For Jesus, his primary claim to greatness is service to others. He was the willing servant of anyone who needed him. How does that fit in an age that is so very impressed with credentials and degrees and titles and positions in the company? You and I are followers of Jesus Christ so let’s do our best to make the gospel become a reality in our lives.
“Why is it that we could not expel the demon? This kind you can drive out only by prayer.” Unless we maintain contact with God, we lose vitality and humility. Ministry based on a foundation of prayerful solitude provides a great balance in life.
Seventh Sunday in Ordinary Time –
I think Jesus is talking about loving the people we must live with, and work with, and rub shoulders with day after day. Some of these people can be very unpleasant, unkind, and unfair. They say things we don’t like. They take us for granted. They show no appreciation for the good things we do for them. Their presence makes our little part of the world very difficult. Could it be that these are the people Jesus had in mind when he asked us to love our enemies?
Chair of St. Peter –
Perhaps some of the diversity we find in the church today is prefigured in the work of St. Peter and St. Paul. They dealt with diversity of opinion in their day and we find the same situation today. The important thing is to find the truth in God. It is important for all of us to be able to live with some ambiguity in life, in other words we need to be open to the working of the Holy Spirit.
St. Peter Damian –
The Cross reveals the true nature of sin, it unveils the power of sacrificial goodness and it challenges what we have taken for granted. The church cannot face this world as Peter originally had in mind. The cross is at the center of our faith. What are we going to do about it? It is easy to follow Jesus on Sundays. What about the rest of the week? Do we allow the cross to challenge us?
Each twenty-four hours God offers us a new day like a blank page. The best moment of all is the present moment that we can fill with serious and positive thoughts, thoughts of joy and optimism, thoughts of peace for ourselves and for others.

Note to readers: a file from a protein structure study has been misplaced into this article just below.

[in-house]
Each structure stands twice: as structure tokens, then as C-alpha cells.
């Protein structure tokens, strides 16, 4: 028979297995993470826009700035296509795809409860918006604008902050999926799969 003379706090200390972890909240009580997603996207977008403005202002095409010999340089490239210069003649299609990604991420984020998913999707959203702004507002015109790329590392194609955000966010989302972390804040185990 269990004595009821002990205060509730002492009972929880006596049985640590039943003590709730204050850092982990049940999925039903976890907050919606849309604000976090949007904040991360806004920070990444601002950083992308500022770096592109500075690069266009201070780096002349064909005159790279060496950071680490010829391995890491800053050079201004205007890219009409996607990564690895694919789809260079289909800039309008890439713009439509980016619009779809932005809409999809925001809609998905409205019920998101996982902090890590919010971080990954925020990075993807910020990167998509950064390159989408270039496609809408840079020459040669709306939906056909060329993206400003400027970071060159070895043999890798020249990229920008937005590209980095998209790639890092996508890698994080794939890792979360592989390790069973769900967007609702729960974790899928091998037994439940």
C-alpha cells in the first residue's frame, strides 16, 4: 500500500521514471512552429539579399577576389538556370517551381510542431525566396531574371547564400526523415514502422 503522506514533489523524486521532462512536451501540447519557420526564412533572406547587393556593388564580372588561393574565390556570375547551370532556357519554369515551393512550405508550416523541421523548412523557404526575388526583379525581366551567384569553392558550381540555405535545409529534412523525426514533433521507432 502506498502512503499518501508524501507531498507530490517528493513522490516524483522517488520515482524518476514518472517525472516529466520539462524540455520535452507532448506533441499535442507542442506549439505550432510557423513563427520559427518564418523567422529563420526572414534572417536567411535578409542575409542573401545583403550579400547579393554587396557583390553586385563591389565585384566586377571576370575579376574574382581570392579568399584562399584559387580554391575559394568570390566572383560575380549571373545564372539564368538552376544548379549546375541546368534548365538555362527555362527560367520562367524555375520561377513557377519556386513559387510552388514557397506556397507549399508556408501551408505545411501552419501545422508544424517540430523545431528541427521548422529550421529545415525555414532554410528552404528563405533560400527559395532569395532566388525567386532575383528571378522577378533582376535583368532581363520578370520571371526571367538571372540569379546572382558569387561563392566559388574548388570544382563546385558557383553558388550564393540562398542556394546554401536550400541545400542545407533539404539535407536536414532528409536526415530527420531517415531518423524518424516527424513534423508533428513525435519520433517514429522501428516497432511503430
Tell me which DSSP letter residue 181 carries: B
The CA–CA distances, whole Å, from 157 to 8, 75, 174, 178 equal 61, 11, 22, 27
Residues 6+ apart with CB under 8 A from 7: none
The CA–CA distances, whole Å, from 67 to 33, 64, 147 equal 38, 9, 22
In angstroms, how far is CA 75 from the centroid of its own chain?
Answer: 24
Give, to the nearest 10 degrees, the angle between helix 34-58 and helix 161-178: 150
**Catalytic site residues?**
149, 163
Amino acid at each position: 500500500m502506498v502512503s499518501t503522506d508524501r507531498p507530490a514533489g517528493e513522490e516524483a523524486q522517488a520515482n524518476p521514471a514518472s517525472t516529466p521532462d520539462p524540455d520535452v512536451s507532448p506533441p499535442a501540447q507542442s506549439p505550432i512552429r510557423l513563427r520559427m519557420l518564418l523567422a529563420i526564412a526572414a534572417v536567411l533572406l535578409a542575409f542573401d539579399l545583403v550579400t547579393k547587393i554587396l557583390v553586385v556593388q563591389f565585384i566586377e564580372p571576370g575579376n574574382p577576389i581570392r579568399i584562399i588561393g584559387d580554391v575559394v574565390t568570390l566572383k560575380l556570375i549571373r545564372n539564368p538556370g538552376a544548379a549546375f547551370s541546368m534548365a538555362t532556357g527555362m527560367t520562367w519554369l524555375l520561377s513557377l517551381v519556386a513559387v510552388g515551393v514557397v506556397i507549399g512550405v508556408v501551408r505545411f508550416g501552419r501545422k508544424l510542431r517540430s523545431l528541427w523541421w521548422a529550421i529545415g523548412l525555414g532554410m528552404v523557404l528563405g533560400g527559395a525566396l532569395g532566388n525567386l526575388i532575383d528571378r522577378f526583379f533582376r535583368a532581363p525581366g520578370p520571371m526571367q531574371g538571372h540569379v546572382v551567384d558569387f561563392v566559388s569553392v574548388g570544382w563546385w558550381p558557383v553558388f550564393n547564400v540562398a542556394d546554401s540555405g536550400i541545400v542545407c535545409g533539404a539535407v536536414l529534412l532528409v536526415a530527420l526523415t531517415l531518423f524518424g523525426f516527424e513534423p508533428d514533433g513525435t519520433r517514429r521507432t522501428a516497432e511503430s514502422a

In his healing of the blind man, Jesus challenges us to see one another as more than “walking trees,” to look with the light of his compassion and forgiveness to realize our ability and responsibility to be the means of reconciliation and healing for the broken and troubled; to perceive God’s Spirit prompting us to realize the many opportunities we have to bring light into the darkness of ignorance and dispel the shadows of fear.
One of the challenges of being a Christian is to see the face of Jesus in others. Today, may the light of Jesus take away any blindness so that we can recognize the face of Jesus in everyone we meet.
Our lives are filled with signs: our families, communities and friends who love and support us, the wonders of creation, the air we breathe, the water we drink, the food we eat, the beauty of a sunrise or sunset, a child’s smile, the grace of someone’s kindness, support and forgiveness.What we doneed is the openness of heart and the vision of faith to realize those signs in our midst.
Sixth Sunday in Ordinary Time –
External religious observance has its place but will never suffice to make us authentic followers of Christ. It is relatively easy to observe rituals and to affirm doctrines but, unfortunately, such observance can easily co-exist with an interior attitude that is judgmental and unforgiving. As the gospel reminds us, reconciliation with the alienated people in our lives and often families is more important than meticulous, or even scrupulous, religious observance.